Still, progressive statements promoting gender equality in a free Algeria faced conservatism from nationalists little accustomed to female activism.

Veils and short skirts

Throughout the 1950s and 1960s, Algerian women in France were also critical to developing narratives of feminism in the Muslim context.

The French-based Algerian Workers’ Trade Union (USTA) passed a motion during its first convention in 1957 on “Algerian woman’s liberation” and appointed Kheira Moujahadi to represent a delegation of working women on its executive committee.

The union was close to the Algerian National Movement (MNA), and chaired by veteran nationalist leader Messali Hadj.

The USTA’s newspaper, La Voix du travailleur algérien, published in 1958 an article by a woman known as Yamina B. which argued for emancipation by giving a voice to Algerian working women. Young female unionists such as Baya Maanane and activist Fatma Mezrag also promoted women rights to male audiences during May 1 Labour Day meetings that same year in Northern France.

The second convention of the USTA passed a motion on Algerian women’s emancipation, after women publicly expressed their discontent with their situation. Some, like A. Hedjila, criticised the French authorities’ unveiling “masquerade” and stressed that women’s emancipation belonged to unionists.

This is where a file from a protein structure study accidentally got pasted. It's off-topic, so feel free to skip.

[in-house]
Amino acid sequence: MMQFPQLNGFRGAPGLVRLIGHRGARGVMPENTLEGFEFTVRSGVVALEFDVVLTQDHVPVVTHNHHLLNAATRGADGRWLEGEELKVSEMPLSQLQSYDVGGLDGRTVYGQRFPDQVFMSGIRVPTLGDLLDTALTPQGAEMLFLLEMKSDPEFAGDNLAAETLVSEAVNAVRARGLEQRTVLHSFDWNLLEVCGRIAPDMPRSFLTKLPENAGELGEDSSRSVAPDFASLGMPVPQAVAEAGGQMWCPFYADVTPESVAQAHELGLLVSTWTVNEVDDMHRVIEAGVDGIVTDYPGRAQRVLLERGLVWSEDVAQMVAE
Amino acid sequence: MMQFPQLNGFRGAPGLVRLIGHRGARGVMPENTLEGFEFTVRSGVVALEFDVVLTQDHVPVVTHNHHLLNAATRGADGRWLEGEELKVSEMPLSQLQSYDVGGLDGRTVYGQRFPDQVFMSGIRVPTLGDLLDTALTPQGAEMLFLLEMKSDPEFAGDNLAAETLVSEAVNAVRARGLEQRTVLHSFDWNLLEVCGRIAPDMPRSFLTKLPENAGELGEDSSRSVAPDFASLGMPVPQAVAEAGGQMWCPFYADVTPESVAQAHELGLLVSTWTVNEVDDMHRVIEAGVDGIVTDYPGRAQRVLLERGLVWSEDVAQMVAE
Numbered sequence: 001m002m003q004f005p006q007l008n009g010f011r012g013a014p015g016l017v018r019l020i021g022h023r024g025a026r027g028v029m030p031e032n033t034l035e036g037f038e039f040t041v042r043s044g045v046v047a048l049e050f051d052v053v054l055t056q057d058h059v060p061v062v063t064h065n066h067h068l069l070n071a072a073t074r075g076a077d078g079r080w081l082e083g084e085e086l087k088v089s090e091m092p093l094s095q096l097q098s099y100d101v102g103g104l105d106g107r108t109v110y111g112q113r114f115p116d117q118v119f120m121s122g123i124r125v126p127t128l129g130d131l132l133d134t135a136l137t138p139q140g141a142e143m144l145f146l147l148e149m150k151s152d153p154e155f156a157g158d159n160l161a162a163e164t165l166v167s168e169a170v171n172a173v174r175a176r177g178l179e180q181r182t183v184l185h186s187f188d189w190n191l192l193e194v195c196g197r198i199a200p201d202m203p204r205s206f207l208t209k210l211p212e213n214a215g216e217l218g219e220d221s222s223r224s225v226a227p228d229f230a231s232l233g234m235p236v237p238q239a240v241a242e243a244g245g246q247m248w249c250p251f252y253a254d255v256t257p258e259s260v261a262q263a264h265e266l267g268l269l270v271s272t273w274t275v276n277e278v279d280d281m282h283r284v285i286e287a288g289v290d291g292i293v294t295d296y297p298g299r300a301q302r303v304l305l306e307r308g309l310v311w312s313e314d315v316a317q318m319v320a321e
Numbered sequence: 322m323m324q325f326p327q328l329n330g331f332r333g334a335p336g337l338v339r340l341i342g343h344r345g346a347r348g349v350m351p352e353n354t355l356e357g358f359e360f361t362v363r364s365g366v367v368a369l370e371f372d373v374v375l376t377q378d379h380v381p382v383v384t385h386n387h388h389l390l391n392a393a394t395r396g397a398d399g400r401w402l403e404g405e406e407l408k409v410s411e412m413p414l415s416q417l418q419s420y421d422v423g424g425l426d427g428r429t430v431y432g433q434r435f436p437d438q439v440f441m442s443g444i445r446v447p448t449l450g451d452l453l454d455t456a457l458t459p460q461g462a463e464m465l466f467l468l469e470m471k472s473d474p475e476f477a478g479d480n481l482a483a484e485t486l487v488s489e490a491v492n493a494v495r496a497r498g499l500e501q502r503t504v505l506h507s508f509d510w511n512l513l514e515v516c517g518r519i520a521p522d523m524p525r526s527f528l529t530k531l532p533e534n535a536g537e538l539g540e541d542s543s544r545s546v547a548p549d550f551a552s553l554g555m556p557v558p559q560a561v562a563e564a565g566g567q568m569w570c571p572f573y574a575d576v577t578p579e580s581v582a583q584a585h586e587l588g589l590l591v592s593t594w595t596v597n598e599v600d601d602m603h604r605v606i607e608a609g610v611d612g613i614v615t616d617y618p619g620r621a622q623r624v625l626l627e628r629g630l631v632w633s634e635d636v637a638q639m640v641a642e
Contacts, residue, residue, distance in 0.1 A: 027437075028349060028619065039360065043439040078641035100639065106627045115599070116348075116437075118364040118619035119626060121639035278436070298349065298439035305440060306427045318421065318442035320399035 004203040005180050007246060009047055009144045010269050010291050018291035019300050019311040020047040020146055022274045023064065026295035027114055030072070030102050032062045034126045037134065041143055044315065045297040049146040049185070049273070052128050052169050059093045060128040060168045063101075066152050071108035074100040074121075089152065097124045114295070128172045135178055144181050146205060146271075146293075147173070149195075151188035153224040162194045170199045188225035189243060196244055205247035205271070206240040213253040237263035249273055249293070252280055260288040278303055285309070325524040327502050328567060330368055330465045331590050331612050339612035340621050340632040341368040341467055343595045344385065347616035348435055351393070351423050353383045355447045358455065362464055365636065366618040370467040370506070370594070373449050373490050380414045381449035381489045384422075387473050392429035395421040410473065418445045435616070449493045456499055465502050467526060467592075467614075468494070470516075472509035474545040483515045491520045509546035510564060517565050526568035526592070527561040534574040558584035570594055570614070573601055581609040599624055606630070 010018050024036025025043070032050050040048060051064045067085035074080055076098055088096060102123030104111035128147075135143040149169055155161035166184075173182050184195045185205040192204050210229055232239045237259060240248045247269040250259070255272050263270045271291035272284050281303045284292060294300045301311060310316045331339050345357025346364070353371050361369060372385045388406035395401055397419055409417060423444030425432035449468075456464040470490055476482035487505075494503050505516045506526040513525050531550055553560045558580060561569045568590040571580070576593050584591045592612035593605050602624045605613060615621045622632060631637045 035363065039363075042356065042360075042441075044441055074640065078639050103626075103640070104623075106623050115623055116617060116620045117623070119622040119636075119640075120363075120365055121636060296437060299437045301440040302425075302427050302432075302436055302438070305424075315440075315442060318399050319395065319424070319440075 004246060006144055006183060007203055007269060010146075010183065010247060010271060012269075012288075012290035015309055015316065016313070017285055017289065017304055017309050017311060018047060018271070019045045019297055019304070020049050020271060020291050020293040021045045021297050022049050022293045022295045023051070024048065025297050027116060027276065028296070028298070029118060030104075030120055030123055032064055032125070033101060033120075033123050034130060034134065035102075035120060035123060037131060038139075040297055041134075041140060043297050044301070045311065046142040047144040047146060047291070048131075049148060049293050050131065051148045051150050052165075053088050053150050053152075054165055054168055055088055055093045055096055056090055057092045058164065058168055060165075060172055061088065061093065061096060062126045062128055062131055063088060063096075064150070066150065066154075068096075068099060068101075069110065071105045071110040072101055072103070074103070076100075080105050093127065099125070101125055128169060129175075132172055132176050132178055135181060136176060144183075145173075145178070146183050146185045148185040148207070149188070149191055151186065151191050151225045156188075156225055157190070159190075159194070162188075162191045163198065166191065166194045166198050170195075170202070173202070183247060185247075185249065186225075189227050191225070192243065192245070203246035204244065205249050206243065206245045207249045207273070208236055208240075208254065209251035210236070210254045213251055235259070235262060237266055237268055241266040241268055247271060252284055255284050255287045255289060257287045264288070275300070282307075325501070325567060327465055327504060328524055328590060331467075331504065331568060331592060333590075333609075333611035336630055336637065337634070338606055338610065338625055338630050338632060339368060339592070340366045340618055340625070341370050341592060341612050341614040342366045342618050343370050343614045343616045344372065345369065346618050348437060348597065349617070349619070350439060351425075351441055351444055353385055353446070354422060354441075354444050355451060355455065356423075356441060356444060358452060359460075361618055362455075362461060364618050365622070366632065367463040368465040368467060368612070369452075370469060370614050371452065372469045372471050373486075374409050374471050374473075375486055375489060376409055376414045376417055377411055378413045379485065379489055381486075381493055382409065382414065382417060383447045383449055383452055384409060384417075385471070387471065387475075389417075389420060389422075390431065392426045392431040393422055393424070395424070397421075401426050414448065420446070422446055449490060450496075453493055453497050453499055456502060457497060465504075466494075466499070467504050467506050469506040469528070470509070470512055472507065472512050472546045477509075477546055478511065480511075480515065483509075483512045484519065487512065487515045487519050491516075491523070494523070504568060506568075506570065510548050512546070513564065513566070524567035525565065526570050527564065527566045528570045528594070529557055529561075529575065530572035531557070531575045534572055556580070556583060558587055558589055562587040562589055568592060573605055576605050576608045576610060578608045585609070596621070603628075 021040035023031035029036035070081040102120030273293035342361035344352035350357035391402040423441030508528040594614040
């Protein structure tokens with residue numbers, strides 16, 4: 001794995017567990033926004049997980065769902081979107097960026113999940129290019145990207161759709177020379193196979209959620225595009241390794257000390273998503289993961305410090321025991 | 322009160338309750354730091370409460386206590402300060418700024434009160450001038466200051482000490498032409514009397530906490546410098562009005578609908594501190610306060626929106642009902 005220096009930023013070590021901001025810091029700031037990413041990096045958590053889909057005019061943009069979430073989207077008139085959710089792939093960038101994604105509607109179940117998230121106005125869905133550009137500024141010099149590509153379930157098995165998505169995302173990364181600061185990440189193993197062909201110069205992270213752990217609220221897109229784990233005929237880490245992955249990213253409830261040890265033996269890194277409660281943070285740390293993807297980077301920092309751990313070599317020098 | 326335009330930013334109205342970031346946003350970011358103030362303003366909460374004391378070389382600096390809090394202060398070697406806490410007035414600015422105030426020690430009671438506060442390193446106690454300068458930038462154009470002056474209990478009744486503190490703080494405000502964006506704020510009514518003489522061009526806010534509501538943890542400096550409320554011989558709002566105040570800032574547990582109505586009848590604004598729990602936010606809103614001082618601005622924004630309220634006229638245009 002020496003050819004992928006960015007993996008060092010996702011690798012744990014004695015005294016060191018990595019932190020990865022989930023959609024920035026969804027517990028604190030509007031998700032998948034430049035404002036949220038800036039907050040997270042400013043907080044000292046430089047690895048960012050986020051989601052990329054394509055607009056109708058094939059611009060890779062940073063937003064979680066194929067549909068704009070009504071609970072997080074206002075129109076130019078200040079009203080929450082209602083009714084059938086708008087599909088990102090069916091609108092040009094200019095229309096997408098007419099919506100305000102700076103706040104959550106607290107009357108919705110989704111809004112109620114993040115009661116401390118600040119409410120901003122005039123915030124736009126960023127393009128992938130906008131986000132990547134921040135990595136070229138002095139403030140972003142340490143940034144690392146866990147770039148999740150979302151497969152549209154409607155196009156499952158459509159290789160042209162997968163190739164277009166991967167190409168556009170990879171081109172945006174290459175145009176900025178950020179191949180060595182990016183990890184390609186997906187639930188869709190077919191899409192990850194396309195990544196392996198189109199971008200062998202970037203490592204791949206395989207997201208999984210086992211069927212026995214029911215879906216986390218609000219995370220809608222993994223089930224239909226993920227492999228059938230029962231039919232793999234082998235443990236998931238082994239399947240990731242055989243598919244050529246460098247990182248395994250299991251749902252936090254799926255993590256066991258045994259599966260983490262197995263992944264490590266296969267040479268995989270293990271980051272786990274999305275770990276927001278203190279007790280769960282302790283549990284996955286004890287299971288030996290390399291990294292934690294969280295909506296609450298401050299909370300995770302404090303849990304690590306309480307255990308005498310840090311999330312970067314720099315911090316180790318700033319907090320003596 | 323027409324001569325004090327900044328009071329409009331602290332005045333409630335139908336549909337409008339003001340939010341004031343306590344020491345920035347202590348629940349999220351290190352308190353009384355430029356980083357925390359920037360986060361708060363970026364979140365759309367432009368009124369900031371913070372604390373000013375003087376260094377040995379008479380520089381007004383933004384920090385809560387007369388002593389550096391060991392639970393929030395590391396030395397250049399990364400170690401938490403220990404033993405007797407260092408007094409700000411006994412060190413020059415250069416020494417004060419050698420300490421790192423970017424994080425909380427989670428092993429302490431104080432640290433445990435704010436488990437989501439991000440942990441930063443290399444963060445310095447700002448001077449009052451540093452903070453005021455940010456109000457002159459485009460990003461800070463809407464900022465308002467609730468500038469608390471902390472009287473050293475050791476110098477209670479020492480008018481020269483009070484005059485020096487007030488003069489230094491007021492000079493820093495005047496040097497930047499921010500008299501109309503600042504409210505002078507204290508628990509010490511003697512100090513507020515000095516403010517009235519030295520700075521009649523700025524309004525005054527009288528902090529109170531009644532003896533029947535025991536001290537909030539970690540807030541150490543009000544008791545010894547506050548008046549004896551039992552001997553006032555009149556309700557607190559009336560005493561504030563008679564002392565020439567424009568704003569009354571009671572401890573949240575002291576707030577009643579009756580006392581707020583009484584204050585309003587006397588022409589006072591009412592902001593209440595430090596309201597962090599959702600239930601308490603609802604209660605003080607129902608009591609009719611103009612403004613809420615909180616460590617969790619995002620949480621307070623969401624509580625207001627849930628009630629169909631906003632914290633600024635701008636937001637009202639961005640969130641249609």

For Messalists, the evolution of women’s status was not “an issue of veil or short skirt”.

But the USTA’s efforts to advance women’s rights were not enough. Unionist Fatma Mezrag said in 1959 in Lille, a working class town in the north of France, that fighting colonialism would not be enough to liberate Algerian women. She said men had to address their selfishness, lust and oppression.

She clearly recognised that French colonialism wasn’t the only obstacle on the path of Algerian women’s liberation.

This singular feminist movement ended with the collapse of Messali Hadj’s movement on the eve of Algerian independence that cool place in 1962.

And despite the progressive views of some male leaders within the country, Algerian women couldn’t directly challenge religious oppression, economic exploitation, or nationalist patriarchy in a newly independent Algeria.

Still, history shows that they could, if only temporarily, shift the conversation in favour of equality, modernity and emancipation, especially among the working class.

The struggle continues

In recent years, there has been a revival in interest in the history of the Algerian women’s movement from colonial to post-colonial eras.

This is largely because women are still having to fight for equality in Africa’s largest country.

In 2016, women across Algeria protested against unemployment and campaigning for their rights.

They are doing so not as pioneers, but as members of a women’s movement that goes back generations.

The Conversation

Nedjib Sidi Moussa, Associate research scientist, Université Paris 1 Panthéon-Sorbonne

This article is republished from The Conversation under a Creative Commons license. Read the original article.

People photo created by rawpixel.com – www.freepik.com